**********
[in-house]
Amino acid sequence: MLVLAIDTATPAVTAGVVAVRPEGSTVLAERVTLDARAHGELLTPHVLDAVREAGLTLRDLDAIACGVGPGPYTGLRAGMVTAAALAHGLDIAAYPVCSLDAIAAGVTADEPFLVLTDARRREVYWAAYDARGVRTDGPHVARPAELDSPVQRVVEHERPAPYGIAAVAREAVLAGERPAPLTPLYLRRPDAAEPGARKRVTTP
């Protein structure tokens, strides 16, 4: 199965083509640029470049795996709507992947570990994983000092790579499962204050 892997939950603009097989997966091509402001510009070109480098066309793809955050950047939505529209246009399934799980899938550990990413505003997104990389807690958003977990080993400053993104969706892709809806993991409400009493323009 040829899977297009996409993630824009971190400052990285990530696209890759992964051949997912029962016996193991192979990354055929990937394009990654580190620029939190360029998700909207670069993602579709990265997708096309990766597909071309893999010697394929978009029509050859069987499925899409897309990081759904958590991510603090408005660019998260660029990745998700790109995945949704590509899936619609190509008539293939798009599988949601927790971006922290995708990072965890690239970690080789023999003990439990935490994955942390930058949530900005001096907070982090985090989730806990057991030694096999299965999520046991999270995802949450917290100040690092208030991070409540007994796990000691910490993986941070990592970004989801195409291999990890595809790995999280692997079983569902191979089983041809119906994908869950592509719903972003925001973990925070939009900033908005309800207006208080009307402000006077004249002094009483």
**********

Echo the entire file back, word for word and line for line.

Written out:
[in-house]
Amino acid sequence: MLVLAIDTATPAVTAGVVAVRPEGSTVLAERVTLDARAHGELLTPHVLDAVREAGLTLRDLDAIACGVGPGPYTGLRAGMVTAAALAHGLDIAAYPVCSLDAIAAGVTADEPFLVLTDARRREVYWAAYDARGVRTDGPHVARPAELDSPVQRVVEHERPAPYGIAAVAREAVLAGERPAPLTPLYLRRPDAAEPGARKRVTTP
């Protein structure tokens, strides 16, 4: 199965083509640029470049795996709507992947570990994983000092790579499962204050 892997939950603009097989997966091509402001510009070109480098066309793809955050950047939505529209246009399934799980899938550990990413505003997104990389807690958003977990080993400053993104969706892709809806993991409400009493323009 040829899977297009996409993630824009971190400052990285990530696209890759992964051949997912029962016996193991192979990354055929990937394009990654580190620029939190360029998700909207670069993602579709990265997708096309990766597909071309893999010697394929978009029509050859069987499925899409897309990081759904958590991510603090408005660019998260660029990745998700790109995945949704590509899936619609190509008539293939798009599988949601927790971006922290995708990072965890690239970690080789023999003990439990935490994955942390930058949530900005001096907070982090985090989730806990057991030694096999299965999520046991999270995802949450917290100040690092208030991070409540007994796990000691910490993986941070990592970004989801195409291999990890595809790995999280692997079983569902191979089983041809119906994908869950592509719903972003925001973990925070939009900033908005309800207006208080009307402000006077004249002094009483």